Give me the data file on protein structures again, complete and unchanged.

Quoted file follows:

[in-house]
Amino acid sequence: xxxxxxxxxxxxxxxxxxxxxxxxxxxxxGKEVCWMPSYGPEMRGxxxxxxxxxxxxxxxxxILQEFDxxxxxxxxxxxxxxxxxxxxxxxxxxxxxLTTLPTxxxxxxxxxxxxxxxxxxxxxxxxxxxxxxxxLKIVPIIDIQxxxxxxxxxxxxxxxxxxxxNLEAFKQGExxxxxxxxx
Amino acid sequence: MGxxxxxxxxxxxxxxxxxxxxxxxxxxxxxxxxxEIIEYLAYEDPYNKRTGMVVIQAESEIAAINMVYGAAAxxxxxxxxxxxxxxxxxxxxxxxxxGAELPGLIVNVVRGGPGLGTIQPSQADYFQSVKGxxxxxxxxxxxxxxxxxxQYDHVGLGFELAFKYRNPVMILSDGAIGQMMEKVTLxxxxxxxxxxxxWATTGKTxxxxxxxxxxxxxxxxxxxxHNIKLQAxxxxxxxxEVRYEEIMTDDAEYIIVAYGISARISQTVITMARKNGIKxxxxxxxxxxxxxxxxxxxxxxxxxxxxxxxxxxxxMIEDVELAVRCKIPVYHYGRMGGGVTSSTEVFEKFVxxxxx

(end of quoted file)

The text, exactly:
[in-house]
Amino acid sequence: xxxxxxxxxxxxxxxxxxxxxxxxxxxxxGKEVCWMPSYGPEMRGxxxxxxxxxxxxxxxxxILQEFDxxxxxxxxxxxxxxxxxxxxxxxxxxxxxLTTLPTxxxxxxxxxxxxxxxxxxxxxxxxxxxxxxxxLKIVPIIDIQxxxxxxxxxxxxxxxxxxxxNLEAFKQGExxxxxxxxx
Amino acid sequence: MGxxxxxxxxxxxxxxxxxxxxxxxxxxxxxxxxxEIIEYLAYEDPYNKRTGMVVIQAESEIAAINMVYGAAAxxxxxxxxxxxxxxxxxxxxxxxxxGAELPGLIVNVVRGGPGLGTIQPSQADYFQSVKGxxxxxxxxxxxxxxxxxxQYDHVGLGFELAFKYRNPVMILSDGAIGQMMEKVTLxxxxxxxxxxxxWATTGKTxxxxxxxxxxxxxxxxxxxxHNIKLQAxxxxxxxxEVRYEEIMTDDAEYIIVAYGISARISQTVITMARKNGIKxxxxxxxxxxxxxxxxxxxxxxxxxxxxxxxxxxxxMIEDVELAVRCKIPVYHYGRMGGGVTSSTEVFEKFVxxxxx